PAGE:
Over the past 50 years, Mission Valley, once home to dairy farms and truck gardens, has grown into one of the most developed and congested parts of the city. The commercial direction of the valley began in 1961, when May Company built the Mission Valley Shopping Center in the floodplain of the San Diego River. A few years later, banker C. Arnholt Smith bulldozed his minor-league ballpark just west of U.S. Highway 395 (now SR 163) and teamed up with Ernie Hahn to build Fashion Valley in the floodplain. In 1974, Jim Copley's Union-Tribune opened its headquarters 300 yards from the river, destroying a large swath of wetlands.

"Mark Steele, who's drafting the plan for the Chargers said they were going to have a green area. You know what it was? It was fake lawn that they could use as parking when they have games there."

As building accelerated, citizens occasionally tried to slow it, to preserve diminishing open space and protect wildlife habitat along the river. But city hall, influenced by the Mission Valley development lobby, channeled the river behind riprap levees to better enable construction. Today, the residents of thousands of new condominiums have increased the valley's congestion. A billion-dollar-plus federally funded trolley line has made only a dent in the traffic.

Next year, San Diegans will be given a vote on the valley's future. A ballot measure sponsored by Stockton developer Alex Spanos would turn over 60 acres to him, his family, and his Chargers football team. Billed by supporters such as the Union-Tribune as a way for the city to acquire a "free" football stadium, the plan would allow Spanos and as-yet-unnamed development partners to build several thousand condo units and a shopping mall on the site of Qualcomm Stadium and its parking lot.

The Union-Tribune has already begun its campaign on behalf of the development.

"San Diego, a charter member in the Dumbing Down of America Association (DDOAA), is not certain it wants to grow up," wrote sports columnist Nick Canepa this past September 17. "Why did the Padres want a new ballpark? Why do the Chargers want a new stadium, because Qualcomm is the Waldorf Astoria? Their argument always has been that the place is a dinosaur with three bad feet and the fourth on a banana peel." In June, he wrote: "Sixty acres of land, property on which the city annually loses millions, is what stands in the way of San Diego losing the Chargers and eventually San Diego State Division I football status and the Holiday and Poinsettia bowls.

"The project calls for a $450 million stadium, a park, 6,000 condo units, a hotel and business space. Some worry about Mission Valley already being too crowded (although City Hallians didn't seem concerned about it until this popped up). But, if this isn't done, what will happen to those 166 acres? They'll be developed, naturally. Qualcomm Stadium eventually is going to be blown to bits, if it doesn't collapse on its own, no matter what the myopics believe."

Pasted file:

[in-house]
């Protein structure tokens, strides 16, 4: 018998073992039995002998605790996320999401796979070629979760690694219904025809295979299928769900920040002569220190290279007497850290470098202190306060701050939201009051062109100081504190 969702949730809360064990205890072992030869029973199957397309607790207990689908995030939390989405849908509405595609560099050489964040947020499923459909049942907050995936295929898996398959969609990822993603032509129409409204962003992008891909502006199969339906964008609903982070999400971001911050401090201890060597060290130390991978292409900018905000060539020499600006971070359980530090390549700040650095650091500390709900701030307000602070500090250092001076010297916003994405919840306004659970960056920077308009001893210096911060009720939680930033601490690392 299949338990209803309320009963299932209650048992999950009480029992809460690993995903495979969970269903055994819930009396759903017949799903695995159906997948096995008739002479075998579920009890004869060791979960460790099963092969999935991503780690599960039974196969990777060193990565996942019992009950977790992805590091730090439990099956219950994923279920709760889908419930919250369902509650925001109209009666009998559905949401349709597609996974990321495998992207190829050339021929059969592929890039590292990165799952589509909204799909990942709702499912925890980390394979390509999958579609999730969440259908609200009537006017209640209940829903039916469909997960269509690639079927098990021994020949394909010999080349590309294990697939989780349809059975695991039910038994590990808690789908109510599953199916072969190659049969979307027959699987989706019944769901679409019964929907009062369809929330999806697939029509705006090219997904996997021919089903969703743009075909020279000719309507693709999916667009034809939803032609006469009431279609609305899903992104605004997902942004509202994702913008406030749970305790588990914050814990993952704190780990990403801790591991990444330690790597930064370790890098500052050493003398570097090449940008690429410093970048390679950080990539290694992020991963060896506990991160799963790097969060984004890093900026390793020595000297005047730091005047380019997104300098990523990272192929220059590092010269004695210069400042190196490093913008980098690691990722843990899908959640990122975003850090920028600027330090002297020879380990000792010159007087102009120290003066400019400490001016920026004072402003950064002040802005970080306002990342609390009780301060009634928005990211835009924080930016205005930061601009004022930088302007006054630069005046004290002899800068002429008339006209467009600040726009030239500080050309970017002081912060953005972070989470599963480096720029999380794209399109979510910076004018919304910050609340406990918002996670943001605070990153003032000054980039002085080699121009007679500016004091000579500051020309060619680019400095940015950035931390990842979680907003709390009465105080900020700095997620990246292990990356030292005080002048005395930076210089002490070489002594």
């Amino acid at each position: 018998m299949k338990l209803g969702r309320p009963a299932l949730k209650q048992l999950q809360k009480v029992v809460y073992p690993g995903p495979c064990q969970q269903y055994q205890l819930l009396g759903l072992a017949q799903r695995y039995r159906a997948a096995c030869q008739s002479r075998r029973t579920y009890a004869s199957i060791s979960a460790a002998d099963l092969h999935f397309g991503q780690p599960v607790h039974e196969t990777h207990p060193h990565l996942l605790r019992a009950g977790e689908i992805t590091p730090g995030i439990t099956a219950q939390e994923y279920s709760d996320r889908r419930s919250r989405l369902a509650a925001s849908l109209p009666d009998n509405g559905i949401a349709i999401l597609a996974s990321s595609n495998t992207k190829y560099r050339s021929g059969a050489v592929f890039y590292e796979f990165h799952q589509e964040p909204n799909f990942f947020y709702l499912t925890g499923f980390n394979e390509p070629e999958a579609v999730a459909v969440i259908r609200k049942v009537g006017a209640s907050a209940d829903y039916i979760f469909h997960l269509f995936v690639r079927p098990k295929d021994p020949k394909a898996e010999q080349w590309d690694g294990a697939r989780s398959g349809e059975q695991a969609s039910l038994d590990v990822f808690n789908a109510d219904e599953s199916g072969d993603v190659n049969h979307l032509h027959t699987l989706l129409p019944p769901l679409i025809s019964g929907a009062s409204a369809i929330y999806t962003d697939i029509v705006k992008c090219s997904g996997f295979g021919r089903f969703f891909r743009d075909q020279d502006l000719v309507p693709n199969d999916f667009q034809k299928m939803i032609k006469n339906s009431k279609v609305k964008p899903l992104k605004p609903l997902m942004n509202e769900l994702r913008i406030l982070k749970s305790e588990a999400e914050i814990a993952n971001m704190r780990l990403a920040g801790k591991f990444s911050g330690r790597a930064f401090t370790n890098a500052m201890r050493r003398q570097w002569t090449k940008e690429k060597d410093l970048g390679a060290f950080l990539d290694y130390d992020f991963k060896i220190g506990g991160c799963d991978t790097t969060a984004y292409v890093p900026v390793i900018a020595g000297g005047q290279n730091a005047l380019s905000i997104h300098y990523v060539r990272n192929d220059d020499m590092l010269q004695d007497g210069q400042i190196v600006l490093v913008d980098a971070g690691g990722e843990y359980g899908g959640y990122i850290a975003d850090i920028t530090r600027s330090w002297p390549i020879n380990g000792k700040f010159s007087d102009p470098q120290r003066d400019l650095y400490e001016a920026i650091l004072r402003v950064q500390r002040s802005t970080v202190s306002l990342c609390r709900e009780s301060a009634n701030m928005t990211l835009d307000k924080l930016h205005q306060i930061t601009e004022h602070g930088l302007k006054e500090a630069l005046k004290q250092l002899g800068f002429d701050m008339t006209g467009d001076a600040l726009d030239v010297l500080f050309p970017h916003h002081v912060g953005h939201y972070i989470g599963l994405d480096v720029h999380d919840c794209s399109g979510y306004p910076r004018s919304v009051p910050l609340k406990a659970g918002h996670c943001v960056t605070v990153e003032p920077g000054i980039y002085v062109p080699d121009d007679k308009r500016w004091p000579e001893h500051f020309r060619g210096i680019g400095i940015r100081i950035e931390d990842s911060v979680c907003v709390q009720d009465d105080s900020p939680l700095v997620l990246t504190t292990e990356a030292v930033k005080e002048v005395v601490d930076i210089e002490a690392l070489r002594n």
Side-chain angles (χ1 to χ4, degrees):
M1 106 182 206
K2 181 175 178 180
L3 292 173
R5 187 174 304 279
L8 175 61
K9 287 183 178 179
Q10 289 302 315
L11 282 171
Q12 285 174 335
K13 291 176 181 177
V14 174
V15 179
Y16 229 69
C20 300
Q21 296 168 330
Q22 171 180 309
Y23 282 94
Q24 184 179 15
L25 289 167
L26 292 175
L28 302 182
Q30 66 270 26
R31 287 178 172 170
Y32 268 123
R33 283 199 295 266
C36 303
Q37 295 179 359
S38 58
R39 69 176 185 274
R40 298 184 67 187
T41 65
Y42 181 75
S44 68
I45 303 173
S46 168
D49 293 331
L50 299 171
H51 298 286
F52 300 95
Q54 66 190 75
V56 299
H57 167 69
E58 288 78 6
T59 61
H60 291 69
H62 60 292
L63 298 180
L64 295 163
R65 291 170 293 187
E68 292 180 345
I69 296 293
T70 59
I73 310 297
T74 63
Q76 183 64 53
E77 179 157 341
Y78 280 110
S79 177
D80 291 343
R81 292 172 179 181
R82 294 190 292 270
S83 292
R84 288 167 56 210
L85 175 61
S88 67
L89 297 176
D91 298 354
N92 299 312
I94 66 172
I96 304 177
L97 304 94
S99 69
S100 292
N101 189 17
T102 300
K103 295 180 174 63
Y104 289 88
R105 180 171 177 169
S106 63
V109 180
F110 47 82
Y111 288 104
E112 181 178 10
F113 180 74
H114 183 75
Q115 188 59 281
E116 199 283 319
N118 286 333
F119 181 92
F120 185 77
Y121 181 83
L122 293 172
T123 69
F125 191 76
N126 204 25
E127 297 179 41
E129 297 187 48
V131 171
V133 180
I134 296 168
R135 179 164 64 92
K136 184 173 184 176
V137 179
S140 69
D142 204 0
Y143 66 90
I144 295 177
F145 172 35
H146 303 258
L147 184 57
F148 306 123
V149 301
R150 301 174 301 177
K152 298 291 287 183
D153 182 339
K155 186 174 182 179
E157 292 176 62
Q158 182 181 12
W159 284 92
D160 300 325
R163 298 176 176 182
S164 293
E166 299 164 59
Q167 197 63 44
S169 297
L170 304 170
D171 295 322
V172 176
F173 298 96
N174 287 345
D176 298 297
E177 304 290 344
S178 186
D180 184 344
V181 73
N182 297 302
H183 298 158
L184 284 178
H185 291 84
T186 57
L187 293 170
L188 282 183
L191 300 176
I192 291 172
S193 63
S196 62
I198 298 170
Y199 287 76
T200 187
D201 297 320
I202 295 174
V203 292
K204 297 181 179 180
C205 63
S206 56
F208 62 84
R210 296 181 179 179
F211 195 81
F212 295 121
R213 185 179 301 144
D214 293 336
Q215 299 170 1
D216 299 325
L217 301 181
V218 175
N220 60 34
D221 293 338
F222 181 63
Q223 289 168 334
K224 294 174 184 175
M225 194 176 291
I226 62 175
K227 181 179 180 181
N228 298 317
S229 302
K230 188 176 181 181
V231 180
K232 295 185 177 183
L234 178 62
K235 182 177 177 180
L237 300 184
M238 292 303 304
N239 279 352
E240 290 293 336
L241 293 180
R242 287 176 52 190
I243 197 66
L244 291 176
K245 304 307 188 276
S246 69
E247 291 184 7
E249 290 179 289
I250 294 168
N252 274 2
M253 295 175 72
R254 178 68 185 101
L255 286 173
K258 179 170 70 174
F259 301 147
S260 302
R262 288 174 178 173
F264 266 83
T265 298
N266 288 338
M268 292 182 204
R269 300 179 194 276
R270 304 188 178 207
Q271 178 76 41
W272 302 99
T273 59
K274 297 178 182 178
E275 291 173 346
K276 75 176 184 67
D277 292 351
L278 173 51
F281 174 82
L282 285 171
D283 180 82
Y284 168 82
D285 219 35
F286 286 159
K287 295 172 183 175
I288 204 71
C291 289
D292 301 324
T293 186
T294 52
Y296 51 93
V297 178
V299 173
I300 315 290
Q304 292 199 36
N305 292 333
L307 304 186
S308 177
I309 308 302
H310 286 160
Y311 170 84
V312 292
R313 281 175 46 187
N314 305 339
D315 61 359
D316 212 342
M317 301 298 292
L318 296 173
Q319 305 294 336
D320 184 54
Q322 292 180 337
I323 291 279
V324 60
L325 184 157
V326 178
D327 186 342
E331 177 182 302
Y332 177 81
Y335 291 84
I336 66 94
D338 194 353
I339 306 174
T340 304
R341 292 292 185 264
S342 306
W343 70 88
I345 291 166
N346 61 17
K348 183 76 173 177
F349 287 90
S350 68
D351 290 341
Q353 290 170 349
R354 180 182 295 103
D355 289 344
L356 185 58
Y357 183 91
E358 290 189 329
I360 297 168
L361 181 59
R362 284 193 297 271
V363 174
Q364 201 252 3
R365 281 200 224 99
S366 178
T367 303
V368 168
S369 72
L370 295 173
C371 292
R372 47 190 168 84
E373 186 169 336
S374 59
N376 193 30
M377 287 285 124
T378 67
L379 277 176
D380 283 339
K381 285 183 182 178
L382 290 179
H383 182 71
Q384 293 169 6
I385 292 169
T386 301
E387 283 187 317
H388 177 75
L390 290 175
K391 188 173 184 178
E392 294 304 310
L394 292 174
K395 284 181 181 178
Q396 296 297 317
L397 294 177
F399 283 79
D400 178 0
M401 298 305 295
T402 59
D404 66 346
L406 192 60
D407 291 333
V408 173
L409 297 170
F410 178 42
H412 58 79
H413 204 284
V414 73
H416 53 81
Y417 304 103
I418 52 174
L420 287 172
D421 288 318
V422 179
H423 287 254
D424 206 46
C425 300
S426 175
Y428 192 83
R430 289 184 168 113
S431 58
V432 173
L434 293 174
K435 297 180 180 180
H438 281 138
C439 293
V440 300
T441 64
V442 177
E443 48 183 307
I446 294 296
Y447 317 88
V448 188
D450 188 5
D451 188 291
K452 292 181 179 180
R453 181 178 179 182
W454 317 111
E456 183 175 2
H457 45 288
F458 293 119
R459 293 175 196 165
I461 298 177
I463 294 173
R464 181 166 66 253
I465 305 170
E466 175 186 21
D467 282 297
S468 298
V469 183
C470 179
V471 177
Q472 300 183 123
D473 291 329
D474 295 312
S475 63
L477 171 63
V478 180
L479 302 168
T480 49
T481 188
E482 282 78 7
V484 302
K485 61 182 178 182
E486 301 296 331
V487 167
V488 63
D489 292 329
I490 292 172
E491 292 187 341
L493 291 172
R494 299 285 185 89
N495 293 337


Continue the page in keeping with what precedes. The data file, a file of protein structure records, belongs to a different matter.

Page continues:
But as the Chargers initiative draws nearer, other voices have been raised. One of the loudest belongs to Lynn Mulholland, an airline employee who lives in a condo not far from the stadium. She is one of the few members of the city's official community planning group for Mission Valley who lives in the valley. She's also vice president of the Mission Valley Community Council. During a recent interview, she explained why she is a fierce critic of the Mission Valley vision set forth by the Union-Tribune and its developer allies.

.

Q. What's your background?

I've lived in San Diego since '75, and during that time, progressively, I've just wondered, "How can the city allow what little remains of the open space to be destroyed?" I think the real -- the most devastating thing I noticed in particular was, as you go on Friars Road east, past the stadium to Mission Gorge Road, you cross over the San Diego River. And as you go east, on the right-hand side there used to be a lot of tule there and marsh on the east side of the river, and you could see ducks going in and out. I used to drive down there every day, and one day there was soil all over there. The tule was totally destroyed. And I wondered, "How could they do that?"

The San Diego River has been drained, filled in, pushed aside, and excavated. It was once frequented by numerous fauna, and it's been pushed into a thin remnant of a river that we try to push under roads. The assault has been massive, and I think we really need to reconsider what we're doing, and we want the city council to wake up and listen to the people, because they're not.